The U.K. Modern Slavery Act

April 20, 2015 EcoVadis


The Next Big Step To Abolishing A 21st Century Obscenity: Is Your Company – And Supply Chain – Ready?

The U.K. Modern Slavery Act became law on March 26th, 2015. This new law has the potential to set a new European precedent in the eradication of slavery, and could have far-reaching implications for how businesses operating in the U.K. must evaluate and manage what is happening in their supply chains.

The EcoVadis analyst team has prepared a white paper on U.K. Modern Slavery Act – Overview and Implications that summarizes this law and its implications, and how companies can prepare for it. Here’s a brief excerpt:

The Act sets a new European precedent in the eradication of slavery, and it transcends recent legislation including the California Transparency in Supply Chains Act (TISC), and the Dodd-FrankAct-Section 1502.


The Modern Slavery Act requires companies to explain and publish their efforts to do the following with regard to trafficking and slavery in their supply chains:

– Verify them to evaluate and address risks.

– Conduct audits and evaluate supplier compliance with company standards.

– Require direct suppliers to certify that materials incorporated into the product comply with the laws of the country or countries in which they are doing business.

– Maintain internal accountability standards and procedures for employees or contractors failing to meet company standards.

– Provide company employees with direct responsibility for supply chain management, appropriate training to mitigate risks.

– Reporting can be limited to a statement declaring no implementation of due diligence measures. But this will be publicly available and subject to scrutiny.


Although details are still being finalised, it seems that companies with a minimum turnover threshold, headquartered in, or operating in the U.K. as a subsidiary of a foreign company and supplying goods or services, will be subject to the reporting requirements.

Publicly listed companies already reporting on the UK Companies Act 2006, will be able to report in their regular annual reports. No details have yet been published for private companies.

There is a tentative implementation date of October 2015, and ongoing consultation until May to determine the exact scope of application. This new law comes at the same time as other recent due diligence reporting such as:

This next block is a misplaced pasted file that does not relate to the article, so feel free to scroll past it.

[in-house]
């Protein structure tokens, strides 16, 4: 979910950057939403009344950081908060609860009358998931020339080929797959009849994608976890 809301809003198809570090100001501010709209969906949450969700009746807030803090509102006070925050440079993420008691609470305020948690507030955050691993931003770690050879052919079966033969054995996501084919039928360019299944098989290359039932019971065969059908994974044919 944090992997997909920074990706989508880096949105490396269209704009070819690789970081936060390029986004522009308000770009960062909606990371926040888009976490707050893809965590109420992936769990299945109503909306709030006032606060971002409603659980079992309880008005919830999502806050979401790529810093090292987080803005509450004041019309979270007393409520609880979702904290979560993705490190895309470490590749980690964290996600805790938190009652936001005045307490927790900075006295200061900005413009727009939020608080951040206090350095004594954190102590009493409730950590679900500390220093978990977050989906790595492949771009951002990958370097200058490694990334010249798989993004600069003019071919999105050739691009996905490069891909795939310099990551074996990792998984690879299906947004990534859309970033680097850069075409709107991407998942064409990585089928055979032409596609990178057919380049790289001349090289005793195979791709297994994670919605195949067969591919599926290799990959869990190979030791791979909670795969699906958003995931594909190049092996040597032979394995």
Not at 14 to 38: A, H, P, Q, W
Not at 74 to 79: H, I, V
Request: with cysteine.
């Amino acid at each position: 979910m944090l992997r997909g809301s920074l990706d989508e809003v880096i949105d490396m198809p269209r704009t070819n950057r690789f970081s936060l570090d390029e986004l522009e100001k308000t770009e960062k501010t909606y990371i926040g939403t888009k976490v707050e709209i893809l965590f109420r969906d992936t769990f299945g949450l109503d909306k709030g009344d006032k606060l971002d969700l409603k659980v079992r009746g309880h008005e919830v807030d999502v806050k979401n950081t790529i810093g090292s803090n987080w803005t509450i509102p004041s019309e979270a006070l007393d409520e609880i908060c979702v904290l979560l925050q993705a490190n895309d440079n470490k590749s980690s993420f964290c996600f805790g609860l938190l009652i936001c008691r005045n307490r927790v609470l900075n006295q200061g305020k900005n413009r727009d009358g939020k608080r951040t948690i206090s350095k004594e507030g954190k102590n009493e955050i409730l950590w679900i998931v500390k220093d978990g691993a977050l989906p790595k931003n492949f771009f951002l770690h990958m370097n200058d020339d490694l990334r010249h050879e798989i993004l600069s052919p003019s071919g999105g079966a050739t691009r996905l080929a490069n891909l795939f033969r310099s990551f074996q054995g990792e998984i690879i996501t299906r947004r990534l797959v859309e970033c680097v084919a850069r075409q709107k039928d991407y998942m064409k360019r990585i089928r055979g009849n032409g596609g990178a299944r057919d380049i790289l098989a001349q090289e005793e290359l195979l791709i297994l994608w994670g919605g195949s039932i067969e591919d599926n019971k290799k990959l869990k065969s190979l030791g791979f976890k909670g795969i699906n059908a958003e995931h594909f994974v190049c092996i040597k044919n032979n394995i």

–  GRI-G4 and U.N. Guiding Principles Reporting Framework.

–  Draft report at the European level on conflict minerals to be voted on in April

–  Proposed bill in France for companies with more than 5,000 employees to control major CSR supply chain risk including fundamental human rights.  Non-compliance would result in civil sanctions.


EcoVadis can help companies meet the reporting requirements proposed in the U.K. Modern Slavery Act in many ways including:

–  Supplier portfolio risk assessment;

–  Management system evaluation, including international accountability standards;

–  Integration of external audits certifications into a scorecard and buyer training;

–  Monitoring of corrective action plans by suppliers.


Through Supplier Risk Analysis, EcoVadis maps supply chains to identify and prioritize high-risk sectors and locations for potential slavery and human trafficking.


CSR Assessments evaluate policies and actions implemented by suppliers to comply with internationally recognized human rights standards and frameworks for slavery and human trafficking. This includes the Guiding Principles on Business and Human Rights, the United Nations Global Compact and ISO 26001.

Suppliers provide information and supporting evidence on their policies and actions through sector specific questionnaires. These cover human rights due diligence and certification schemes used by suppliers to verify that fair labour practices are used.

The questionnaires also ask suppliers to disclose information on their sustainable procurement selection criteria, third party audits and supplier capacity building. This provides buyers with visibility of supplier’s efforts to prevent slavery and human trafficking.

The assessment also takes into account the Conflict Minerals disclosure requirements under the Dodd-Frank Act, Section 1502.


Audits reports can be incorporated into the EcoVadis CSR evaluation methodology. These can identify compliance gaps within the supply chain that can subsequently be addressed with a corrective action plan.


EcoVadis helps companies to develop Supplier Codes of Conduct that formalize expectations on internationally recognized human rights principles, including the prevention of slavery and trafficking. We also provide a qualitative assessment of internal procedures, and propose corrective actions to address potential issues in the supply chain.


EcoVadis also provides comprehensive training on key issues and management practices in sustainable supply chain management.

Click here to download the white paper on U.K. Modern Slavery Act – Overview and Implications


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